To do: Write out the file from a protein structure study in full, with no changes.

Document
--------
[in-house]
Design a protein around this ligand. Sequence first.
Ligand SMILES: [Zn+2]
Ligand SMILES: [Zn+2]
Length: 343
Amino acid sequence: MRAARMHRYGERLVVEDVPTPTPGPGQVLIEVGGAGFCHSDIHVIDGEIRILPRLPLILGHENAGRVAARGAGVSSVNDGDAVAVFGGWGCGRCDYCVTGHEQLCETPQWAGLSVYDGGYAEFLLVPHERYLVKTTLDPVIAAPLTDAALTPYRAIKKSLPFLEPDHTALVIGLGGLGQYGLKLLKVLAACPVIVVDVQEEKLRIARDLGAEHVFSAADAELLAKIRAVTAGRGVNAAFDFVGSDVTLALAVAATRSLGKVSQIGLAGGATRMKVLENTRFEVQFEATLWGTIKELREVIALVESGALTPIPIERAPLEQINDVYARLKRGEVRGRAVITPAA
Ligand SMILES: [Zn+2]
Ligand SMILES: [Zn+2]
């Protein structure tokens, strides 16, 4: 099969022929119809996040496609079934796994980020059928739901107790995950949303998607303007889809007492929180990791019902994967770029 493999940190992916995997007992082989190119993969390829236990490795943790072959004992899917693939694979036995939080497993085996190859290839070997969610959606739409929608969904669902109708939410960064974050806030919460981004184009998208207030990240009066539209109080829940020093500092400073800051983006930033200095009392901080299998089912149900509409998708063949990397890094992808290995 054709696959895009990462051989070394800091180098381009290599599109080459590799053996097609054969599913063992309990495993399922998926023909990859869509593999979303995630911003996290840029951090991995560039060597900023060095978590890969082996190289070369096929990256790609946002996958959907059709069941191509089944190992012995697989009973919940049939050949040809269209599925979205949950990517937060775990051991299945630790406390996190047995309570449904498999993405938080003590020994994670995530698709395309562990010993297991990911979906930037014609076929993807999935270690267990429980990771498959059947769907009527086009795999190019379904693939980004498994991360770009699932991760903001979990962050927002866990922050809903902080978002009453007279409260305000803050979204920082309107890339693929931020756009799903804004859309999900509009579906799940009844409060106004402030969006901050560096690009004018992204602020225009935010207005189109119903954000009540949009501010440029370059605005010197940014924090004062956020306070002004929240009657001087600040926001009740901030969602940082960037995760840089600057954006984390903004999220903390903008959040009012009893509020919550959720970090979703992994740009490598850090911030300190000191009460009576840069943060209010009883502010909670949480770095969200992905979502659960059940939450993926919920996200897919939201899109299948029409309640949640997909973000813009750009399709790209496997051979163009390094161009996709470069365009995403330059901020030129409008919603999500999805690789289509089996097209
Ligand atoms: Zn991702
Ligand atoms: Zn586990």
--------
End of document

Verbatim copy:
[in-house]
Design a protein around this ligand. Sequence first.
Ligand SMILES: [Zn+2]
Ligand SMILES: [Zn+2]
Length: 343
Amino acid sequence: MRAARMHRYGERLVVEDVPTPTPGPGQVLIEVGGAGFCHSDIHVIDGEIRILPRLPLILGHENAGRVAARGAGVSSVNDGDAVAVFGGWGCGRCDYCVTGHEQLCETPQWAGLSVYDGGYAEFLLVPHERYLVKTTLDPVIAAPLTDAALTPYRAIKKSLPFLEPDHTALVIGLGGLGQYGLKLLKVLAACPVIVVDVQEEKLRIARDLGAEHVFSAADAELLAKIRAVTAGRGVNAAFDFVGSDVTLALAVAATRSLGKVSQIGLAGGATRMKVLENTRFEVQFEATLWGTIKELREVIALVESGALTPIPIERAPLEQINDVYARLKRGEVRGRAVITPAA
Ligand SMILES: [Zn+2]
Ligand SMILES: [Zn+2]
């Protein structure tokens, strides 16, 4: 099969022929119809996040496609079934796994980020059928739901107790995950949303998607303007889809007492929180990791019902994967770029 493999940190992916995997007992082989190119993969390829236990490795943790072959004992899917693939694979036995939080497993085996190859290839070997969610959606739409929608969904669902109708939410960064974050806030919460981004184009998208207030990240009066539209109080829940020093500092400073800051983006930033200095009392901080299998089912149900509409998708063949990397890094992808290995 054709696959895009990462051989070394800091180098381009290599599109080459590799053996097609054969599913063992309990495993399922998926023909990859869509593999979303995630911003996290840029951090991995560039060597900023060095978590890969082996190289070369096929990256790609946002996958959907059709069941191509089944190992012995697989009973919940049939050949040809269209599925979205949950990517937060775990051991299945630790406390996190047995309570449904498999993405938080003590020994994670995530698709395309562990010993297991990911979906930037014609076929993807999935270690267990429980990771498959059947769907009527086009795999190019379904693939980004498994991360770009699932991760903001979990962050927002866990922050809903902080978002009453007279409260305000803050979204920082309107890339693929931020756009799903804004859309999900509009579906799940009844409060106004402030969006901050560096690009004018992204602020225009935010207005189109119903954000009540949009501010440029370059605005010197940014924090004062956020306070002004929240009657001087600040926001009740901030969602940082960037995760840089600057954006984390903004999220903390903008959040009012009893509020919550959720970090979703992994740009490598850090911030300190000191009460009576840069943060209010009883502010909670949480770095969200992905979502659960059940939450993926919920996200897919939201899109299948029409309640949640997909973000813009750009399709790209496997051979163009390094161009996709470069365009995403330059901020030129409008919603999500999805690789289509089996097209
Ligand atoms: Zn991702
Ligand atoms: Zn586990």